Fast & Furious? – Diesel Inventories Surged, Profits Purged

I love cars.

However, it is an interest that came much later in life for me. As a touring musician, I spent the bulk of my 20’s seeing the country from behind the wheel of a 16-passenger van, and not so much a 16-cylinder Bugatti Veyron.

So when the Fast & Furious movie franchise was initially released in 2001, I had practically zero interest in seeing it – despite a love of classic car movies (Bullitt, Vanishing Point, Dirty Mary, Crazy Larry) and a consistent semi-annual prodding from my college best friend.

That interest began to perk up a little when I bought my first truly fun car – the ’04 BMW 330 convertible pictured below. Not long thereafter, I switched my commodity focus from coal to iron ore/steel, and as I developed those products, my company started to take on a few major car manufacturers as clients.

Source: Your Nostalgic Narrator

I was hooked… but I was also busy learning a new industry and trying to balance all that work while starting a family. That’s a tall order in and of itself.

So when I finally broke down one night and pulled up the original Fast and Furious movie on Netflix, the first option that popped up on my search was the fifth sequel, I just turned the TV off…

… because my Vin Diesel inventory had surged.

US Diesel Inventories About to Surpass All-Time Highs

I’m not the only one awash in diesel, though.

The US is currently sitting at all-time high storage levels as reopening continues to progress slowly and refiners continue to dump jet fuel (for which demand is still down roughly 80%)  into their diesel cuts.

Yesterday’s release of EIA data showed total diesel inventories sitting at around 176 million barrels, more than 13% above historical norms for this time of year, and matching the all-time highs set in August 2010.


Source: EIA, Bloomberg

Diesel is primarily consumed by the transport sector – think trains, trucks, barges, and boats – which are of course used to ship products to consumers. And while retail traffic is recovering as reopening progresses  – measured here by the PRODCO North America Retail Traffic Index – there is still clearly a long way to go.

Source: PRODCO, Bloomberg

And despite lifting stay-at-home orders and a clear reluctance to resume using public transportation, people still aren’t driving anywhere near as much as they were a year ago. Miami, which showed one of the biggest rebounds in traffic through Memorial Day, has now reverted to previous levels (-60%+ year-on-year) just a couple weeks later.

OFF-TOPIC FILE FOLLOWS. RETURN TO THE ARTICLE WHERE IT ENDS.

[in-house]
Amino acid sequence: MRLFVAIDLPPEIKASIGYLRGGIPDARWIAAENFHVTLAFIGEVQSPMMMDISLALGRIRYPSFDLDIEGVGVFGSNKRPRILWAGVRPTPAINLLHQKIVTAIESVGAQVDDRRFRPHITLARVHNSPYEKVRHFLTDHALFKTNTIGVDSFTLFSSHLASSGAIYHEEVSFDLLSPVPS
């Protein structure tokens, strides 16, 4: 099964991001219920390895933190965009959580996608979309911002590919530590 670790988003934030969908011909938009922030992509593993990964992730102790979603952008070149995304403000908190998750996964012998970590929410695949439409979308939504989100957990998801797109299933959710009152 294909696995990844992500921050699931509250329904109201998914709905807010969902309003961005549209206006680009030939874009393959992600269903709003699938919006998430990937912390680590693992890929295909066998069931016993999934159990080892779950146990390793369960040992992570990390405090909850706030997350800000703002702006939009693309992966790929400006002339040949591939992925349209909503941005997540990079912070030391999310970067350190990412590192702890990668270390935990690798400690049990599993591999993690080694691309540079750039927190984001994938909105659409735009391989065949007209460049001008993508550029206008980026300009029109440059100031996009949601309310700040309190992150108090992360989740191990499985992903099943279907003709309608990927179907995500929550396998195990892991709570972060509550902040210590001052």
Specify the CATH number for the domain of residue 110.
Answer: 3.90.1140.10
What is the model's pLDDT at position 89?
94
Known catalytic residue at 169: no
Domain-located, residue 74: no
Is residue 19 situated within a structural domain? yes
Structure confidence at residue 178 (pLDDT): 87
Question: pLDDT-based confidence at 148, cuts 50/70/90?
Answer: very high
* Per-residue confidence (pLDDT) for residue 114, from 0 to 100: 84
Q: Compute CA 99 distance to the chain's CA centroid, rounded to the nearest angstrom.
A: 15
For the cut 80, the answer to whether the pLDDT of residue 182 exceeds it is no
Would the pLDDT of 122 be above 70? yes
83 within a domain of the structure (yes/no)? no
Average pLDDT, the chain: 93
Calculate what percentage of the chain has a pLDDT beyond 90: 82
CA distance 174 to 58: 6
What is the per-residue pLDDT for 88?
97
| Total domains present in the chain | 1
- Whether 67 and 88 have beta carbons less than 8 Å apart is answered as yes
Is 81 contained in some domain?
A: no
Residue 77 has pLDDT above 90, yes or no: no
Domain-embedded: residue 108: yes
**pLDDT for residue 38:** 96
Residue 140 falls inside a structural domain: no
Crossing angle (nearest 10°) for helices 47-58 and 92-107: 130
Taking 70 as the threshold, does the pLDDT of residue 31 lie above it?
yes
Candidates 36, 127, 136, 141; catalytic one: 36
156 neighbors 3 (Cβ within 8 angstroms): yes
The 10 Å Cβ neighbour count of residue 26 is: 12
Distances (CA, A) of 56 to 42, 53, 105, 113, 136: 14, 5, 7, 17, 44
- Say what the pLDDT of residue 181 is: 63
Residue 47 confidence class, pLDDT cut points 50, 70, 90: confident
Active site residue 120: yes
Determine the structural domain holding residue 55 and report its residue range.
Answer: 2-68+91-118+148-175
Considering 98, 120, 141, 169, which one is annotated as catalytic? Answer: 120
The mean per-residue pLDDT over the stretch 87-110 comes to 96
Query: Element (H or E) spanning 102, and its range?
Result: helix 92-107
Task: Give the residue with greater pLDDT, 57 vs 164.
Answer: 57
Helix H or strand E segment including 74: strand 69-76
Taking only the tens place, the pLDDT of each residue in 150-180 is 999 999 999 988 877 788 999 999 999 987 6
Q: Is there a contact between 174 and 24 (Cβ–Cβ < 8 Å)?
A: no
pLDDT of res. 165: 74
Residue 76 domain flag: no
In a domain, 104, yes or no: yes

Source: TOMTOM Traffic Data

Because of that, gasoline inventories have continued to gradually creep up. And although we’re not yet back to the April peak – not to mention it is driving season – it’s hard to project a big enough demand increase at current unemployment levels that would result in a significant drawdown.

Source: EIA, Bloomberg

This dynamic – plus oil prices pushing up toward US$40/barrel – have just crushed US refinery margins, which now sit at 15-year lows.

Source: EIA, Bloomberg

And although the crude oil market got super excited by China’s “return to pre-COVID buying levels” when you look at Asian floating storage data, it’s pretty clear they aren’t using it.

Source: Vortexa, Bloomberg

So, between this bearish backdrop in crude oil and at refiners,  yesterday’s gloomy economic outlook from the Federal Reserve, and a potential second wave of COVID-19 infections picking up, there are some old friends we should revisit.

First, with WTI prices starting to show some cracks in the armor this morning, another ¼ tranche of ProShares UltraShort Bloomberg Crude Oil (NYSEArca: SCO) is absolutely appropriate.

Second, all this refined product is going to have to go somewhere, and that is likely to wind up being tankers. With Scorpio Tankers (NYSE: STNG) now falling pre-market, this is too good an opportunity to pass up another ¼ tranche there.

I am also keeping an eye on DHT Holdings (NYSE: DHT) since we’re likely to see an uptick in VLCC rates as refiners cut runs and more crude gets pushed into floating storage. Interestingly, Fidelity took a 10% stake in the company yesterday, so perhaps they’re thinking the same thing.

But other than that, there hasn’t been much interest in the crude tanker market of late, so I think there’s time to evaluate options.

And besides, I have a movie to watch

All the best, 

Matt Warder

Venture Society

This article is supplied courtesy of


P.S. For the first time in history, three millionaire traders under the age of 50 expose on camera the power of their “New Money Monitor”... 

Which could deliver you up to 400%, 900%, even 1,460% gains…

All in just SEVEN days or less.

See for yourself inside this secret meeting. 


Wait! Don’t forget your free eBook!

Before you go, grab your free copy of 5 Breakout Investing Techniques! (we’ll give you a free trading strategy of your choosing, too!)